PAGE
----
Controlling Clonal Tree Species By Double-Cutting

By Jim Rogala

Continuing on the theme of herbicide-free control methods, I’ll talk about my experience with double-cutting. Again we look to the anatomy and physiology of the species to be controlled to understand how this works [for those of you that know why double cutting works, or don’t care why it works, you can skip the next three paragraphs]. Clonal species form what looks like many plants when in fact it is a single plant with many stems. These clusters of stems often have larger older stems toward the center and smaller younger stems on the perimeter. No matter what the control method you use (mechanical or chemical), all stems of the clone need to be treated. Cutting off the stems in the winter results in the formation of new stems from adventitious nodes the next spring.  Where there were tens (or hundreds) of stems prior to cutting, you might have hundreds (or thousands) after a winter cutting.

When to Cut

Cutting any plant when most of the energy stored in the roots has been translocated to above ground plant parts is advantageous. For most trees, this translocation occurs throughout the spring and early summer when it is building structures to 1) produce new energy, 2) to add to its size, and 3) for reproduction (leaves, trunk/branches, and flowers/fruit, respectively). After this annual use of energy from the roots is done, the tree begins translocating energy back to the roots at higher percentage. So, to deliver maximum hurt to the tree, cutting before energy starts going back to the roots is a good strategy. This maximum damage also minimizes prolific sprouting from adventitious nodes.

Even with a well-timed cutting, a tree still has enough energy in the roots to produce more above ground structure to assure it lives on. Here’s where the double-cutting comes in. After the first cutting, the tree needs to again use the remaining energy in the roots to build all new structures for the purpose of gaining energy (reproduction is put on hold under these stressful times). Similar to the first cutting, this second cutting is timed to coincide with maximum translocation of energy from the roots, but again not waiting past the period where a lot of energy is translocated to the roots.

I read about doubled-cutting years ago and have used it quite a bit. I generally follow the July 1 and August 1 timing for cutting but have varied it a little depending on growth in a given year (e.g., first cutting for sumac is usually after flowering). I’ve done the “cutting” with a variety of methods. I’ve used a mower if clones are large, where mowing is feasible, and the clone is not in a high-quality prairie. The point related to high quality prairie is that multiple years of repeated mowing can have negative effects on some desired species. I’ve found mowing to not be as effective, as it reduces shading of resprouts because everything gets cut. I’ve used a handheld brushcutter in native prairie areas, cutting each stem individually. It’s not as quick as mowing, but less damaging to other prairie species and better than using hand loppers to cut each stem. Loppers are effective for small clones. I’ve found that with sumac, you can actually snap off the stems in many cases (but be prepared to have the juices stain anything it gets on). Depending on the size of the stems, a Parsnip Predator can be used to cut the stems.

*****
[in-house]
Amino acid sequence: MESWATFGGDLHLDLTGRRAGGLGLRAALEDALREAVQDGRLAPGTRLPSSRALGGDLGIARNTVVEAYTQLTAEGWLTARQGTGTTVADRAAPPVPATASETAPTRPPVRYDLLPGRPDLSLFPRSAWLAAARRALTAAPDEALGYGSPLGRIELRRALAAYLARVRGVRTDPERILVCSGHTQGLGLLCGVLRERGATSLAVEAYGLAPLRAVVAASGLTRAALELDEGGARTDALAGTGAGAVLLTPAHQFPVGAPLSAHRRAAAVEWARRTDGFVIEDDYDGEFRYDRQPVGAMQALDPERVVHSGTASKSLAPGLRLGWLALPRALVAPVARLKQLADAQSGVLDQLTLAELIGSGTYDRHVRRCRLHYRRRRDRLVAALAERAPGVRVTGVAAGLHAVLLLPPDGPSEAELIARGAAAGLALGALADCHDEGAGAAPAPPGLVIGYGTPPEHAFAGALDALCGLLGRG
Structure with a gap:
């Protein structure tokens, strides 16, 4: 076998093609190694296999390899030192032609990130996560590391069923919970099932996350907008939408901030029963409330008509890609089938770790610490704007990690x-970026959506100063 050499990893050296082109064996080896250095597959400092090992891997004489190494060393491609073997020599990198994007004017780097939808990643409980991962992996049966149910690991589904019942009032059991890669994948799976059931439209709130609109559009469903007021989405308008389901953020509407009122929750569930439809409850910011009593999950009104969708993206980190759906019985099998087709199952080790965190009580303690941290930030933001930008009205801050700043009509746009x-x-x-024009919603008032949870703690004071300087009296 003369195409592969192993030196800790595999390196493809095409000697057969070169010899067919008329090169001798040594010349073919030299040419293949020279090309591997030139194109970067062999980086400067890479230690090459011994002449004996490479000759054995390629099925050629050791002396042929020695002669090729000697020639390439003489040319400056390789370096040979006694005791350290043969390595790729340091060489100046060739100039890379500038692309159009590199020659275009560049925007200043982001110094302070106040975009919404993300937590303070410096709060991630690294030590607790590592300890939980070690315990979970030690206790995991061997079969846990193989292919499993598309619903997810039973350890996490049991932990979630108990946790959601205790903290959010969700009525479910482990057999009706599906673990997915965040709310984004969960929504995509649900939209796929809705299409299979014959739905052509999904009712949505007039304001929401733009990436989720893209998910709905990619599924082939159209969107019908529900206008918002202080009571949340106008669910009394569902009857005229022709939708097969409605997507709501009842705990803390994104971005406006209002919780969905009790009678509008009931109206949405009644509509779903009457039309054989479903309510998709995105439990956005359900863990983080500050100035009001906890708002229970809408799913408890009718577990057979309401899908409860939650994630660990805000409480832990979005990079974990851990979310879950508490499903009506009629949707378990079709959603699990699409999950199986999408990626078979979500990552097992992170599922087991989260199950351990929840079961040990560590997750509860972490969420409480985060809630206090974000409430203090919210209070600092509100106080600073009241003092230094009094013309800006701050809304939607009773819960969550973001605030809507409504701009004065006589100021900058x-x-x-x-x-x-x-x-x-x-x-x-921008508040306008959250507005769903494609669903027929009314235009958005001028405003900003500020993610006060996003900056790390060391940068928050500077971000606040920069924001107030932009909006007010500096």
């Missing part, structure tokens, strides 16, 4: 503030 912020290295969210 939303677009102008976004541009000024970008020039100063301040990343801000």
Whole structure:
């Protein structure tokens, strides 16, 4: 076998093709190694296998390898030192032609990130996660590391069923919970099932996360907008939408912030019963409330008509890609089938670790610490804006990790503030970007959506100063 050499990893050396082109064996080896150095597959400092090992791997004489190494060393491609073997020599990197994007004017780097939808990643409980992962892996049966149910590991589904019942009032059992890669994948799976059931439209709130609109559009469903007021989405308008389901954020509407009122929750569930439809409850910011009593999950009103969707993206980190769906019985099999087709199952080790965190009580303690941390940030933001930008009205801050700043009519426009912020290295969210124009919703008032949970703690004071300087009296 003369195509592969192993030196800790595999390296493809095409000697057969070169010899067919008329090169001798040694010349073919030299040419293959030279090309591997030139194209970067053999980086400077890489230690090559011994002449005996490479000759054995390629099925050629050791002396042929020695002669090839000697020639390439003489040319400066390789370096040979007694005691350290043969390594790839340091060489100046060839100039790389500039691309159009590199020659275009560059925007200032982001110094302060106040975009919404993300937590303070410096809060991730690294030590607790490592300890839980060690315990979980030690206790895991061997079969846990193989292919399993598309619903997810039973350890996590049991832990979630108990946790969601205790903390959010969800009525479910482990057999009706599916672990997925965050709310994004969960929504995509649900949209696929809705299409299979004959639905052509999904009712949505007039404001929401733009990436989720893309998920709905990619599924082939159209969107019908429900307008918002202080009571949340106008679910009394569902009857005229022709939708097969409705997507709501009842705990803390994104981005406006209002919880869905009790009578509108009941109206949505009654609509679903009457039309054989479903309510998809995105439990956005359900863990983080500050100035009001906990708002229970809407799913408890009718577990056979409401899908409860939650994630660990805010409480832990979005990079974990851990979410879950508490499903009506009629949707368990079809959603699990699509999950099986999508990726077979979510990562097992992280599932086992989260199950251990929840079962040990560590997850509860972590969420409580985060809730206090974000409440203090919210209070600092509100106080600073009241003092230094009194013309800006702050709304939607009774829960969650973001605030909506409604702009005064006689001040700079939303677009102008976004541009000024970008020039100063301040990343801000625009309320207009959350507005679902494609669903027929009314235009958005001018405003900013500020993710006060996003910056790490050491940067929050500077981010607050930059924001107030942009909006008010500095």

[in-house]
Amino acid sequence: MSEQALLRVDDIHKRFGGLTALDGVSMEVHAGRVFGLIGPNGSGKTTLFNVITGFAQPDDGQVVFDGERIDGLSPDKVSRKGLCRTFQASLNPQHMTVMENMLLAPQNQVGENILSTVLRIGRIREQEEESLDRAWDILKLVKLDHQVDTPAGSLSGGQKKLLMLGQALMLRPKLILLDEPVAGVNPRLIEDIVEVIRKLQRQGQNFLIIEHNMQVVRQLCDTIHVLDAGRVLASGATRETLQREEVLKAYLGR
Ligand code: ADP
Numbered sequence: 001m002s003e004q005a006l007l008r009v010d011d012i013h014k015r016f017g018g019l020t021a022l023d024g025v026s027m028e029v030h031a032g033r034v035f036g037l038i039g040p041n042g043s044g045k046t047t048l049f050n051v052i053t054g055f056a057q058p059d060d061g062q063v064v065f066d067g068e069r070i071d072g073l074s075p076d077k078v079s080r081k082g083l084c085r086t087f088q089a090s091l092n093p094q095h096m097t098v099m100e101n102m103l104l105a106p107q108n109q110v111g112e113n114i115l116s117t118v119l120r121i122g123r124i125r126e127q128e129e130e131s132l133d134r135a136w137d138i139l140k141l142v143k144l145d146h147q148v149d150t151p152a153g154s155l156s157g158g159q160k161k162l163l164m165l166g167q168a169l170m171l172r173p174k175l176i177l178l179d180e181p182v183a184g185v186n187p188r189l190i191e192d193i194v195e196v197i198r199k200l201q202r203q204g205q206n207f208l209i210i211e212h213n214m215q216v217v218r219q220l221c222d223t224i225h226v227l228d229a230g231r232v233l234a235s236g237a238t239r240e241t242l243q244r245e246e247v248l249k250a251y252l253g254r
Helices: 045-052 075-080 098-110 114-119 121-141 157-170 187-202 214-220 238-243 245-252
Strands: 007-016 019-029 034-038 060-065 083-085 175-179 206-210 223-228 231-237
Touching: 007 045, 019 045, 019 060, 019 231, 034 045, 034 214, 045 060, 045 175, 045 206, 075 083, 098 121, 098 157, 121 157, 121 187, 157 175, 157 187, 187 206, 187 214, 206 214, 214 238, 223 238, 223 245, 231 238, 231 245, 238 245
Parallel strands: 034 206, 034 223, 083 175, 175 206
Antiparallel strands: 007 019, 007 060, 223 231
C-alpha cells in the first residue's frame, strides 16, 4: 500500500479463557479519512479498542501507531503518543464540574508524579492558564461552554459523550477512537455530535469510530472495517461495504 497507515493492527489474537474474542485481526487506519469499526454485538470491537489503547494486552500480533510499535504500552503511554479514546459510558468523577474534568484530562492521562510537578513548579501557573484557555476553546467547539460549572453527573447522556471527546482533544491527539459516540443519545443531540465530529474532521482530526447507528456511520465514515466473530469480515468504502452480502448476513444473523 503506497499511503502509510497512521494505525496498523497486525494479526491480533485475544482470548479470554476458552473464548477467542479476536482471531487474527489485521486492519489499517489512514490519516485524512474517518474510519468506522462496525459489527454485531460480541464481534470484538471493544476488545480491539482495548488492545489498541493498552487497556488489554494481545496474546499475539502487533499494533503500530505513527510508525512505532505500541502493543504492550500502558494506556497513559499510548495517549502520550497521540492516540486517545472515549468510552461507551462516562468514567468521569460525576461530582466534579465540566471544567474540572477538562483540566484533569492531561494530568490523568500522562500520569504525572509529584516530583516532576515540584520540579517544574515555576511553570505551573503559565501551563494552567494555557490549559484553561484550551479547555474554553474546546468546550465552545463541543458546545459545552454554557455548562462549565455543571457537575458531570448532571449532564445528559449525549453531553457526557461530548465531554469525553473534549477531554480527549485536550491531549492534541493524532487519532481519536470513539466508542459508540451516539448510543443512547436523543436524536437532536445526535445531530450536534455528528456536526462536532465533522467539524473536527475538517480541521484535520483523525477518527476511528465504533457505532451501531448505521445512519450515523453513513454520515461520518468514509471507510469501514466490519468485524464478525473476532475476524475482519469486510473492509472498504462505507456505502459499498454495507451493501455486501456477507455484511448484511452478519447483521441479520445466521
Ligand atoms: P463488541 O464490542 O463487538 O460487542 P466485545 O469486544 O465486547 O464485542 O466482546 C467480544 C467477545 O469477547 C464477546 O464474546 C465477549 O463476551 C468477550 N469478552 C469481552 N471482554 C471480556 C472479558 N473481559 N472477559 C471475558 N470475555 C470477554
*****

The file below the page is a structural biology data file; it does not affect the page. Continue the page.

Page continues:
Where to Cut

Another variable to consider is the height of the cut. I’ve varied this as well, from ground level to 2-3 foot high. Cutting to ground level results in fleshy resprouts that can easily be second-cut with a Parsnip Predator. The really high cut was done to encourage resprouting only on the stem and to test if you get less new stems from the roots. This method allowed a second cut of a single stem, rather than the cluster of resprouts that come from the base. With this method, I found that the stem sprouts can sometimes just be snapped or stripped off, especially with sumac. The disadvantages are that some of the energy in the stem is retained, and the resprouts are not shaded by other vegetation. The method seemed to work as well as cutting lower on the stem in areas of sparser vegetation.

But Does it Work?

How effective is double-cutting on clonal species? I use it only on aspen and sumac; it’s been found to be ineffective on black locust. Because these two species are native, I’m not really all that concerned with eradication. However, I have eradicated many clones using double-cutting (with no herbicide), but most of those required several years of double-cutting. In one case, a single double-cutting killed a sumac clone. This was an older clone, so include that as one of the variables that might contribute to success when using double-cutting.

You might consider herbicides if you want more certainty in eradication. However, as Tom Brock pointed out in his management work (read here), even with herbicide it is a multi-year effort. For myself, I like the opportunity to control a native invading species without the use of chemicals. However, for the double-cutting to be effective, you must be timing the cuttings correctly, be cutting all of the stems in the clone, and continue the process as long as needed.

Read about other non-herbicide management techniques like using a Parsnip Predator, or girdling.